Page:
The electability debate figures into every primary campaign at some point, and there may be other ways in which Jeb can argue that he's really the electable one. I still think that he's more Romney than Giuliani, but this is obviously something he's going to have to spend some time thinking about so he's ready to answer the inevitable questions he'll get from voters about it.

Judging Candidates By Their Fake Musical Tastes

This is how you do it right. (White House photo by Pete Souza)

The first rule an aspiring writer learns in any fiction workshop is, "Don't tell me, show me." You can't create compelling characters just by saying, "Bob was mean" or "Alice was generous." You have to show it, through the the things those characters do and say. And the same goes for candidates trying to craft an appealing persona. Ted Cruz does not seem to understand this, which is why we're probably going to see more stuff like this from him:

In an interview Tuesday on "CBS This Morning," the Texas senator told his TV hosts that he "grew up listening to classic rock" but that that soon changed.

"My music taste changed on 9/11," Cruz said.

"I actually intellectually find this very curious, but on 9/11, I didn't like how rock music responded," he said. "And country music, collectively, the way they responded, it resonated with me."

Cruz's comments came during a lightning round of interviews the morning after he announced his candidacy for president in 2016 in a John Lennon-inspired, "Imagine"-themed speech.

Cruz did not mention any specific country music that resonated with him or which rock artists did not respond well to the terror attacks.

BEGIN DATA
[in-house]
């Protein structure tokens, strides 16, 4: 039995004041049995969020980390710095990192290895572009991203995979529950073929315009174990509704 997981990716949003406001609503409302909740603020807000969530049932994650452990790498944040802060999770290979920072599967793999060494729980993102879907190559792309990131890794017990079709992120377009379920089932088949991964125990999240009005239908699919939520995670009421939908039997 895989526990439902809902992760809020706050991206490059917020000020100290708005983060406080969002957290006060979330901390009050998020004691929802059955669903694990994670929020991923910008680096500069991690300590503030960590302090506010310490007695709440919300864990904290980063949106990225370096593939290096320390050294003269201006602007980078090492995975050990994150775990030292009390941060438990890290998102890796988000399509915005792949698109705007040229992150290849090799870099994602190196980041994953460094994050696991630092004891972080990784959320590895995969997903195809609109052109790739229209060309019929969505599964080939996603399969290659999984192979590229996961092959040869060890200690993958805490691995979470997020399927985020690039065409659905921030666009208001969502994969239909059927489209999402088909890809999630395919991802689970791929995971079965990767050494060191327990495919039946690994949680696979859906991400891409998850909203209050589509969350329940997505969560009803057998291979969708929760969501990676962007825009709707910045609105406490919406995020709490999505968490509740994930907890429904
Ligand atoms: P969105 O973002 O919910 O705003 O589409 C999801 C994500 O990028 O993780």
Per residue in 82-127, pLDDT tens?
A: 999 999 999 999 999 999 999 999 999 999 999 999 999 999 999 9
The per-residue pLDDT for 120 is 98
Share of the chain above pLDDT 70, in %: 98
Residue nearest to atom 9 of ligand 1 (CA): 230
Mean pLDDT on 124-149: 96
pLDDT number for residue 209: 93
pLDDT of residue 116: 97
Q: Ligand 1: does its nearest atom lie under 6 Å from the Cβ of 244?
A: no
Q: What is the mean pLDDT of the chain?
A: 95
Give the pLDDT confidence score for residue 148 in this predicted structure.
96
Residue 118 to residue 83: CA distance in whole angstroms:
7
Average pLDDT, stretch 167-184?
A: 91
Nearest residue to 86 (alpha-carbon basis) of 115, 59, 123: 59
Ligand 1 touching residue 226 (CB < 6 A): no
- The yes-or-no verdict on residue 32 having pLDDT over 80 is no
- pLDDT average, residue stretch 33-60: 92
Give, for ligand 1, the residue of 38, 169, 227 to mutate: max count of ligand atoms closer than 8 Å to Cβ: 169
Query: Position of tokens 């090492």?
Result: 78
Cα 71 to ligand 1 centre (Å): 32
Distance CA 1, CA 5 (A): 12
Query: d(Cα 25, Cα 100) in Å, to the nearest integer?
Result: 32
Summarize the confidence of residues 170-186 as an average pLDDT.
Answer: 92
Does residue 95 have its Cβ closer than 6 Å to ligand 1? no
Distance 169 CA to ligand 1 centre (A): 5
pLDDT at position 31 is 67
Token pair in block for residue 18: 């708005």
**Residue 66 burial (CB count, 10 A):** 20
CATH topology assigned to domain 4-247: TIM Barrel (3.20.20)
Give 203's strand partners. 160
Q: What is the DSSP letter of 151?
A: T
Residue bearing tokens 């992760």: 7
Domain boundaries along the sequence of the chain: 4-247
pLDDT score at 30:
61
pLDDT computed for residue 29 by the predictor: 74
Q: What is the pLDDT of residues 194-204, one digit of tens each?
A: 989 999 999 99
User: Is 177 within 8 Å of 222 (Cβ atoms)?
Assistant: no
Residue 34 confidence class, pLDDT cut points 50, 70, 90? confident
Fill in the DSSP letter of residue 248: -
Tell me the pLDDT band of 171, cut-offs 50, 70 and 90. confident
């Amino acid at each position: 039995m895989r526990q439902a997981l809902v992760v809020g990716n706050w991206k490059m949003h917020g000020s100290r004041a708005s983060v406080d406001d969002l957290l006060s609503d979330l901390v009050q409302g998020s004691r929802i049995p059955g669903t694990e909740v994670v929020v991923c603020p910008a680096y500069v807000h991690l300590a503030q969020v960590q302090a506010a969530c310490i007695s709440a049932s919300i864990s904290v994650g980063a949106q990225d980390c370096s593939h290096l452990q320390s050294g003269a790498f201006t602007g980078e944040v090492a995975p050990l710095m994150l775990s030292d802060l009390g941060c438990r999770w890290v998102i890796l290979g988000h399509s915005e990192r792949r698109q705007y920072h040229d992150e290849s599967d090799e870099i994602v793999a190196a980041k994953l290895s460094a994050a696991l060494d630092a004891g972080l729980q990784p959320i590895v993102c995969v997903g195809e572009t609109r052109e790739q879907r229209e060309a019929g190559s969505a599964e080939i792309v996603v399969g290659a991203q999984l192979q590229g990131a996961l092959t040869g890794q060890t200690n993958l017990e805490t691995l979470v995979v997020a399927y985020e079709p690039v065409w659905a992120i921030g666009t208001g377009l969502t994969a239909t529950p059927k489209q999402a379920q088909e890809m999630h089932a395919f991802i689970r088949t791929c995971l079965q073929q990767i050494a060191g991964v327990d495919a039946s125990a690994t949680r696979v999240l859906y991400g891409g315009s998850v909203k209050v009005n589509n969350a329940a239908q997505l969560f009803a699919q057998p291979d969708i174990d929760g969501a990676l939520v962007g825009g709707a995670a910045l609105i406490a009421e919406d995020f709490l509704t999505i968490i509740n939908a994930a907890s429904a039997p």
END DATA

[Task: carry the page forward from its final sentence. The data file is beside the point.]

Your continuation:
"I had an emotional reaction that said, 'These are my people,'" Cruz said. "So ever since 2001, I listen to country music.

Oh, Ted. That's not how you do it. This telling-not-showing is a lot like the time in 1992 when George H.W. Bush read his thematic notes as though they were the text of a speech and said to a group of New Hampshire voters, "Message: I care." You're not supposed to just come out and say, "My choice of music is an expression of cultural identity that expresses a bond of affinity between myself and certain kinds of Americans." That's supposed to be implied. If you say it explicitly, it sounds incredibly phony.

The "What music do you listen to?" question is always a dangerous one. Not only do politicians tend to be extremely uncool people, but there's no consumer choice we make that is more identity-defining than our music. Every musical artist in the world carries with them a strictly defined set of associations: these are the kind of people who listen to this band, and this is what it says about you if you listen to them. Every teenager knows how critical it is to have a nuanced grasp of how those associations shift, so you can stay abreast and adjust your choices accordingly. For instance, in eighth grade I was totally into Rush, which was reasonably cool because few people in George Washington Junior High listened to Rush; then for some reason in ninth grade everybody was listening to Rush, which meant that they were on the express train out of Coolville, so I stopped listening to them.  

Obviously, the fact that we even ask politicians what music they like is kind of ridiculous, since they aren't in fact running for ninth grade class president. But Democrats haven't exactly been deft with the question either. For a long time, when they got asked what was on their iPods (this was back when people had iPods), they would invariably answer "Bruce Springsteen." Springsteen is the perfect choice for a Democrat: working-class cred, all-American, and sufficiently uptempo to say, "I'm not a total square." But after every Democrat says that, it begins to sound phony too, and they don't know where to go beyond that (although President Obama is smart enough to stick with the classics).

Ted Cruz should learn from this that what you're supposed to do isn't to explain the political context behind your alleged love of country music; just say you like country, then drop a couple of artist's names. Then Republican primary voters will say, "Ted Cruz likes Toby Keith? Hey, I like Toby Keith, too! He sounds like a heckuva guy, that Ted Cruz." Bond: forged.